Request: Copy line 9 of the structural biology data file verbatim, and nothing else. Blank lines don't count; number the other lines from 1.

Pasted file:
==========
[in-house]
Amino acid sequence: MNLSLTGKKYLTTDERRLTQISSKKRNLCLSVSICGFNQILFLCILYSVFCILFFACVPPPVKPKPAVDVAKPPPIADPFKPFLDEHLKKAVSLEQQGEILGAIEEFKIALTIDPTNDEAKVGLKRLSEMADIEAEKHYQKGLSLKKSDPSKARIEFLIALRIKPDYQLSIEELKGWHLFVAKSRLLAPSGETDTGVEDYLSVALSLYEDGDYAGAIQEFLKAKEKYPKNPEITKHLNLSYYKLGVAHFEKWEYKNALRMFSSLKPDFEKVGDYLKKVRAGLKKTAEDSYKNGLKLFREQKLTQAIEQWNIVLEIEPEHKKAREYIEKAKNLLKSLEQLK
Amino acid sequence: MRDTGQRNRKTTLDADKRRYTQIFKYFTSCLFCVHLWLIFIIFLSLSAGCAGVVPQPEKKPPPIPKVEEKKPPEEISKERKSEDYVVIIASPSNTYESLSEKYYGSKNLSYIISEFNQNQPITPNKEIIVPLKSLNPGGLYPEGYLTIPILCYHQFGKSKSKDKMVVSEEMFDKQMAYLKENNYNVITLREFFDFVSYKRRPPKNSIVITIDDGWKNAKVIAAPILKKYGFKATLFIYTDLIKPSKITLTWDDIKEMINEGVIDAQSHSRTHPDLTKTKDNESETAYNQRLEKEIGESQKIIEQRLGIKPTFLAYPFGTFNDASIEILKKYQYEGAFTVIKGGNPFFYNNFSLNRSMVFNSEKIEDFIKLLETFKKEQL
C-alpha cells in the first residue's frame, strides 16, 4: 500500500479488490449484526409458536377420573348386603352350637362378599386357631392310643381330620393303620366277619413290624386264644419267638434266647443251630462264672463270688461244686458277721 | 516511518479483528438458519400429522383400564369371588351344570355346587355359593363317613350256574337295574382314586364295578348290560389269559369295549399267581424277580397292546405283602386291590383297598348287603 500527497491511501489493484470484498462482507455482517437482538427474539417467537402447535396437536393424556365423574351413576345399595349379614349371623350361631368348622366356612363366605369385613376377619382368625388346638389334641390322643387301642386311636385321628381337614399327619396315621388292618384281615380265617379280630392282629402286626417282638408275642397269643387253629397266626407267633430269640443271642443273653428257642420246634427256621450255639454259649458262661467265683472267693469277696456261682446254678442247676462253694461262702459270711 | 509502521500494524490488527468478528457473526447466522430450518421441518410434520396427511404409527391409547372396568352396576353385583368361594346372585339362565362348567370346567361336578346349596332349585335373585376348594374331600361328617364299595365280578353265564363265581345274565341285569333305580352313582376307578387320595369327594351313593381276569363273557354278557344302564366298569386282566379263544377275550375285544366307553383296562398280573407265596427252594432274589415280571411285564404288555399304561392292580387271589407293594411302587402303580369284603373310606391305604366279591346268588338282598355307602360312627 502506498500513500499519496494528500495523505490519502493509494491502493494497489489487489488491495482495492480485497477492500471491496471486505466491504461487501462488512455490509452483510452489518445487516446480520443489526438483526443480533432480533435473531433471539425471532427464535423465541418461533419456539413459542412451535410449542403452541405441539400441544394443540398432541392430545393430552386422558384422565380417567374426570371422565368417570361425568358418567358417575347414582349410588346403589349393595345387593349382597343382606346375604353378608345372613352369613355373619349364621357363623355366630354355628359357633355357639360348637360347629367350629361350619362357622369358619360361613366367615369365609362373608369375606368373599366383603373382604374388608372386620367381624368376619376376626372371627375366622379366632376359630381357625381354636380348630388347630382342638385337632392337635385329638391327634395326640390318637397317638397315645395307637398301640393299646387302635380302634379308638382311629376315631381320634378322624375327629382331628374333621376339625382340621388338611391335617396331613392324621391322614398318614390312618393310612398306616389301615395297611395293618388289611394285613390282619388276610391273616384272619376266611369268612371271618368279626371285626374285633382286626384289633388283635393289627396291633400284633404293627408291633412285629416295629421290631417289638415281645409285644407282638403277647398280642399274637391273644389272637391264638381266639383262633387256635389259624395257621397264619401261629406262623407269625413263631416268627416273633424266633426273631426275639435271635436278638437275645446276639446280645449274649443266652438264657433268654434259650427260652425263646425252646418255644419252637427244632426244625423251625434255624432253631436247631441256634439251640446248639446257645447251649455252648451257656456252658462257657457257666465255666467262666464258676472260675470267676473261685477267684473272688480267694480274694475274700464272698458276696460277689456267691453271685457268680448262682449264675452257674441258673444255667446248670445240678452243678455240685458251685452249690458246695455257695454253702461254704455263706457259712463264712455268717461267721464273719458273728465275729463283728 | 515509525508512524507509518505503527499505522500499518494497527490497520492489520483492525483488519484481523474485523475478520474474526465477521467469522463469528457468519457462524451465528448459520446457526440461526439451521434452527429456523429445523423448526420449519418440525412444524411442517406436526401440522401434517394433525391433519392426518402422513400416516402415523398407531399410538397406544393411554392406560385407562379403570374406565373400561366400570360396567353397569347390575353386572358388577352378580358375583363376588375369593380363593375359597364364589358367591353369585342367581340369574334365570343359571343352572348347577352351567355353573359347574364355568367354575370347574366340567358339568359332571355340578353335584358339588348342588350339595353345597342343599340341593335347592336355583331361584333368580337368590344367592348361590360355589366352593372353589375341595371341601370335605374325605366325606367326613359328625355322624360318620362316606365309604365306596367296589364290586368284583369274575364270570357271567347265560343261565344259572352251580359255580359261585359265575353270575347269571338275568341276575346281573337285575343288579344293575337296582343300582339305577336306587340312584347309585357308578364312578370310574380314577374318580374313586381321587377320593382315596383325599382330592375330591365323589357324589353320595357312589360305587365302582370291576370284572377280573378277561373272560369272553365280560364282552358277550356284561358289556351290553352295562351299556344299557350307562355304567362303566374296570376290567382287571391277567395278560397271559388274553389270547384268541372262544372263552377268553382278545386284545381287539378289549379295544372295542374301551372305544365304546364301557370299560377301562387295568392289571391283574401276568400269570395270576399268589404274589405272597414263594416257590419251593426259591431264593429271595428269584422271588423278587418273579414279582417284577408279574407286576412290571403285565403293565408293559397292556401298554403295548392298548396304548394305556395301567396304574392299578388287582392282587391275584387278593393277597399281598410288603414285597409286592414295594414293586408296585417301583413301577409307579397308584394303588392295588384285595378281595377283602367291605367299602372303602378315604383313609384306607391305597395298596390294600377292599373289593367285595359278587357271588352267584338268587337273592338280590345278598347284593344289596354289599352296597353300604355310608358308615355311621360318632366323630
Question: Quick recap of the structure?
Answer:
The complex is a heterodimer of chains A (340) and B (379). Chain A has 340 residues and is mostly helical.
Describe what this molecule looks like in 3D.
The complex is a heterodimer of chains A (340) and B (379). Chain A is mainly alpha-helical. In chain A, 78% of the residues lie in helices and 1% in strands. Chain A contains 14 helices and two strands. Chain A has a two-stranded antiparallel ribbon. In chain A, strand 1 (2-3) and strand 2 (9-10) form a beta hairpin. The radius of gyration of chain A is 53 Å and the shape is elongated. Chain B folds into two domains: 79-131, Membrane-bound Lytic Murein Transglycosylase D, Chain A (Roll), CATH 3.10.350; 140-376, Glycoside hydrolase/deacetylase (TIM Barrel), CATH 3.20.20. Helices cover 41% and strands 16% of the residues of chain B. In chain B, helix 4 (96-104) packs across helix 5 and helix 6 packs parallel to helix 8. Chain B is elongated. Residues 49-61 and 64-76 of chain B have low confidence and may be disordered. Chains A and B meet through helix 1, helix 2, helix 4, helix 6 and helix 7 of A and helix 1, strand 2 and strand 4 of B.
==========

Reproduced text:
The complex is a heterodimer of chains A (340) and B (379). Chain A is mainly alpha-helical. In chain A, 78% of the residues lie in helices and 1% in strands. Chain A contains 14 helices and two strands. Chain A has a two-stranded antiparallel ribbon. In chain A, strand 1 (2-3) and strand 2 (9-10) form a beta hairpin. The radius of gyration of chain A is 53 Å and the shape is elongated. Chain B folds into two domains: 79-131, Membrane-bound Lytic Murein Transglycosylase D, Chain A (Roll), CATH 3.10.350; 140-376, Glycoside hydrolase/deacetylase (TIM Barrel), CATH 3.20.20. Helices cover 41% and strands 16% of the residues of chain B. In chain B, helix 4 (96-104) packs across helix 5 and helix 6 packs parallel to helix 8. Chain B is elongated. Residues 49-61 and 64-76 of chain B have low confidence and may be disordered. Chains A and B meet through helix 1, helix 2, helix 4, helix 6 and helix 7 of A and helix 1, strand 2 and strand 4 of B.